You just witnessed one example of something the organizationally challenged abhor. At least, this organizationally challenged individual abhors it. One might even go so far as to call it a peeve, though I think that’s stretching it. Silly, but true.
You: What in the heck is she talking about? That email exchange looks fine to me!
Me: Be patient, my young Padawan.
Notice, if you will, the subject change? No, not in the actual subject line – ah ha! – but in the body of the email. Now, consider a few months down the road “Them” comes back to you and says, “…but you said you’d help with the annual fundraiser!” after you’ve publically announced you’d be taking a short leave of absence. And you, being the conscientious person you are, go back to check because you can’t really recall what you’ve committed to and, though you know something came through about it, the details are a little fuzzy. (Hey, it’s months later; you can hardly remember what you had for dinner the night before!) Do you believe you could quickly and accurately find this little gem among the overwhelming number of emails which have hit your in-box since the original request?
I don’t care how diligent you are, how organized you are, or how good your memory is. This would be nearly like trying to uncover the proverbial needle from the proverbial haystack. But – what if you took the same exchange (I won’t reiterate it) and changed the subject to Annual Fundraiser when you hit “Reply” that last time? Not only would it make your life easier, it would make searching it out several months later easier as well. It would also accurately represent the content of the email and document the subject change.
Furthermore, upon separating the wheat from the chaff, you realize that yes, you’d been asked to help with the annual fundraiser, but your request for further details was accidentallyonpurpose ignored and therefore you have nothing further to go on except the original agreement to assist. Therefore, the “argument” in question is invalid. You win.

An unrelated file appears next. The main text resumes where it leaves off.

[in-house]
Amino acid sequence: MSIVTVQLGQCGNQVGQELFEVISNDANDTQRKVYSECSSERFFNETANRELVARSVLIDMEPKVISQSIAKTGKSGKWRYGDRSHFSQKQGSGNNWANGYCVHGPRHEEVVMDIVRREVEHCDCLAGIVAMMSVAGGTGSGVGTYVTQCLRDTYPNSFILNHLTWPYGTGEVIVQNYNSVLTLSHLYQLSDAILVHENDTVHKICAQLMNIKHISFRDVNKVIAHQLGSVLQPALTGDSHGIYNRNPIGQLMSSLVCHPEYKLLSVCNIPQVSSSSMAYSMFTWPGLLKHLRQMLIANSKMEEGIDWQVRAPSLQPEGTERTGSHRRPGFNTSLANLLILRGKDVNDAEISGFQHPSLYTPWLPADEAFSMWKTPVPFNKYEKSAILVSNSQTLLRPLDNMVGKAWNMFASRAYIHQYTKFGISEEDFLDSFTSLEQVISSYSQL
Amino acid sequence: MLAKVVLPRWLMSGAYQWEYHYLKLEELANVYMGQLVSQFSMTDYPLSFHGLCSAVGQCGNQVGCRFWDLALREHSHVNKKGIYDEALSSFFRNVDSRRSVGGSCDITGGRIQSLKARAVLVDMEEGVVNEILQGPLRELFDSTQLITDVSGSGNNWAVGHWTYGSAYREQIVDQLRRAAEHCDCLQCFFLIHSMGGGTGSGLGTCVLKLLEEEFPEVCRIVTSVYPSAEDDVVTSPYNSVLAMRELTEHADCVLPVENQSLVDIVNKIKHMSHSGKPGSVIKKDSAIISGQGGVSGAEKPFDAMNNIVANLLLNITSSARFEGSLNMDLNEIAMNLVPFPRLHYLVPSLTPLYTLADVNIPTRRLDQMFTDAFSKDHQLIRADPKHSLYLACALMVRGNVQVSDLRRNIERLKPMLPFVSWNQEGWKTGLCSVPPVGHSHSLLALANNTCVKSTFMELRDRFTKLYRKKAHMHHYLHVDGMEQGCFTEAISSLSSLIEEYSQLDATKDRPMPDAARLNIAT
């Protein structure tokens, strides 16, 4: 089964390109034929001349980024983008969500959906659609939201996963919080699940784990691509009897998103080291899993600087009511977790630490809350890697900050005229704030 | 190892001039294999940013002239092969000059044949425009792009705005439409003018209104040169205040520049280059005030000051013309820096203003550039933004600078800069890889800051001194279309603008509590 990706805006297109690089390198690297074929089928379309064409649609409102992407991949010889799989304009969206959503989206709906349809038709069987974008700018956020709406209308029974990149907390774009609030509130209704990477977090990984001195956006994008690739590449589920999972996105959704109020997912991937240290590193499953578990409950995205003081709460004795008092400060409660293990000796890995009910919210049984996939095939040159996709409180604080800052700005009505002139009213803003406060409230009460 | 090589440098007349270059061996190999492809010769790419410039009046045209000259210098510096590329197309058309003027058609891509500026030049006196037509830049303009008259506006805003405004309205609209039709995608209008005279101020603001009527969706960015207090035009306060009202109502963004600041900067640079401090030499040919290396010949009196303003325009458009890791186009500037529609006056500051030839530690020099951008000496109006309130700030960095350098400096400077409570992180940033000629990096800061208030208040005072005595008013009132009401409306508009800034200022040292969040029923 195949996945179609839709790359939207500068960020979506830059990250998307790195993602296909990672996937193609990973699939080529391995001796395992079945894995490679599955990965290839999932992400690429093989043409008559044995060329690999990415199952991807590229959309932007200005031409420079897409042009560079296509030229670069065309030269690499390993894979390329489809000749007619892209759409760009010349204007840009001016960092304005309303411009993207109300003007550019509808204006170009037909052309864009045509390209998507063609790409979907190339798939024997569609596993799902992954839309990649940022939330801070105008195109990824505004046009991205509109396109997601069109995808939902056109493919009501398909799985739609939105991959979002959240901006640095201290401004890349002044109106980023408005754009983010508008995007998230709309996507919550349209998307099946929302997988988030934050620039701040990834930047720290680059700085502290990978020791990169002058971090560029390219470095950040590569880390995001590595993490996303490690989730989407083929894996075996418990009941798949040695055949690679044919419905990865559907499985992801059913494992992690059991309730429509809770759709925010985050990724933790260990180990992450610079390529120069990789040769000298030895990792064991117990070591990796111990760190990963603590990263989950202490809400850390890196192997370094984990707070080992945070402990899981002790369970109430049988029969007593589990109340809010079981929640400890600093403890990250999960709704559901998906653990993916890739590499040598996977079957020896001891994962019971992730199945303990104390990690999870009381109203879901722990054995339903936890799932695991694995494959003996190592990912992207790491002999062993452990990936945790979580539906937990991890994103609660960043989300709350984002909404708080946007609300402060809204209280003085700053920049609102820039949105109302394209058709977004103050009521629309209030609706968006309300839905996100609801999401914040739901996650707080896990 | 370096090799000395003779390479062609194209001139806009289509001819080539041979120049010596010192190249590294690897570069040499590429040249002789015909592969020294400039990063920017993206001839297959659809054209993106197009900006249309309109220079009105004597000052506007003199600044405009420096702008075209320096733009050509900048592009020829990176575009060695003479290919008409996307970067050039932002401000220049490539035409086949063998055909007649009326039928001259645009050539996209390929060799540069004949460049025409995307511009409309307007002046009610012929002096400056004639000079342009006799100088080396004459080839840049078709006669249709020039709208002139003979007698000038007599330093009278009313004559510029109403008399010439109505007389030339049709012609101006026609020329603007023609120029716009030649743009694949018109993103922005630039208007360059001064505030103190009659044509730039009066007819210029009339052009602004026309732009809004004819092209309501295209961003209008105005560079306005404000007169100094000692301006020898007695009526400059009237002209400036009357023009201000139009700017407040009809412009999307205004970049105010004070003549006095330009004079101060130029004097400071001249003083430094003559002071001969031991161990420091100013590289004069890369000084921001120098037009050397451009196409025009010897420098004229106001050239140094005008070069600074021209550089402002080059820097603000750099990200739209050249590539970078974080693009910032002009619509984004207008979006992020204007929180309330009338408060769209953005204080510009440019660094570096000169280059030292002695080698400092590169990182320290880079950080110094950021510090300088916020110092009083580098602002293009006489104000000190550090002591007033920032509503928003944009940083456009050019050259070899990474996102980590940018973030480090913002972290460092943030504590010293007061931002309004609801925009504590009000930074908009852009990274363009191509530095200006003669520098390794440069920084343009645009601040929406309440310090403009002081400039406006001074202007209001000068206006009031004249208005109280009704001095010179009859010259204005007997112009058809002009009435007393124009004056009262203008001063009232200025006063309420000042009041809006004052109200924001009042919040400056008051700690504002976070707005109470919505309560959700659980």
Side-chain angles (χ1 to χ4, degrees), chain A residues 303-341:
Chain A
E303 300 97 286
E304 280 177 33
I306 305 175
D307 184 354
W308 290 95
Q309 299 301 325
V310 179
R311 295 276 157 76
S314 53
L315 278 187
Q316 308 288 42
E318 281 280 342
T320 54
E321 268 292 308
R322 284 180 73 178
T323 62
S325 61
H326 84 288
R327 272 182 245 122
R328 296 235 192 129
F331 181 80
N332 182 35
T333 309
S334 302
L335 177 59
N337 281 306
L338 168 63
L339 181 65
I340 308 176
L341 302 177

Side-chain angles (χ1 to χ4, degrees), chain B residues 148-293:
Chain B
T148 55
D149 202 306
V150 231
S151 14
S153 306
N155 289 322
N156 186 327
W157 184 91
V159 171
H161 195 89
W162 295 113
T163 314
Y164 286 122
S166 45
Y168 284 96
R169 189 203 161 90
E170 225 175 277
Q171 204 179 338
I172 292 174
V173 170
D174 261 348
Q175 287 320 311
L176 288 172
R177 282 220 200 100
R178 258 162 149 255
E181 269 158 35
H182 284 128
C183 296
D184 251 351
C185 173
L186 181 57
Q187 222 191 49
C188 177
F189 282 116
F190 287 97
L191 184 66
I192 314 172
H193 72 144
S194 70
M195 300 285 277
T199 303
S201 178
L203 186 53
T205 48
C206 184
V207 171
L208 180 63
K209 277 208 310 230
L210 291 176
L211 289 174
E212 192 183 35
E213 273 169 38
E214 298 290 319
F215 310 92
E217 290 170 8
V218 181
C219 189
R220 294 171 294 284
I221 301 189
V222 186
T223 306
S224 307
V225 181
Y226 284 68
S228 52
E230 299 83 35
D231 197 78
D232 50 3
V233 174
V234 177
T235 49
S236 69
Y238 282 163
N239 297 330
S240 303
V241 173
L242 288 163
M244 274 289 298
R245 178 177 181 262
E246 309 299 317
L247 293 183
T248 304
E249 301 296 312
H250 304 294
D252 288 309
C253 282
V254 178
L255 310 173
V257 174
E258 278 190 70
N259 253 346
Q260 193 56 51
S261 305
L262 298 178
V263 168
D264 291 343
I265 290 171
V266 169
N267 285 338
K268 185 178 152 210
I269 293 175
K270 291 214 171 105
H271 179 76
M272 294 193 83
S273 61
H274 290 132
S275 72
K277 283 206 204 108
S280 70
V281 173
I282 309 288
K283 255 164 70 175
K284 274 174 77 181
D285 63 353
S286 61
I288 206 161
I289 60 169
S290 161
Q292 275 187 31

Yeah, yeah – I know. Asking folks to change the subject in the subject line of an email would be like asking people to reinvent the wheel, or rediscover fire, or relearn how to breathe in O2 and breathe out CO2. And anyway, it was just a suggestion.
Let’s take this one very confusing step further, shall we? We’re going to pretend, for the sake of this argument, there are seven people involved in the email exchange above. Seven. Not a couple, not a few, more than several, but not a lot. It starts innocuously, asking about the status of the Quarterly Report, and then morphs into a request to assist with the fall fundraiser. Are you with me so far? And with responses from the seven folks who all agree to help with the fundraiser, you now have multiple answers, suggestions on what to do, ideas, themes, colors schemes, rules, a ridiculous amount of Reply-to-All instances which have quickly gotten out of hand (thank you very much) and suddenly your in-box is not just overwhelmed, but on the verge of exploding; you along with it. Most unfortunately, there is no possible way to stem the tide at this point. The email has taken on a life of its own and all you can do is hang on and hope you don’t get crushed.
Six weeks down the road, someone asks, “Hey, who came up with the idea of putting glitter on all the banquet table centerpieces? I’d like to give them a piece of my mind! I’m covered with glitter. I think I may even be pooping glitter. My 4 year old daughter thinks I’ve been hanging out with unicorns and fairies.”
Yeah. Good luck with that.
The bottom line is, in a post email in-box apocalypse, there is no hope of ever effectively going back to find out who came up with what idea because, guess what? The subject line still says “Quarterly Report” and didn’t have anything to do with fundraising.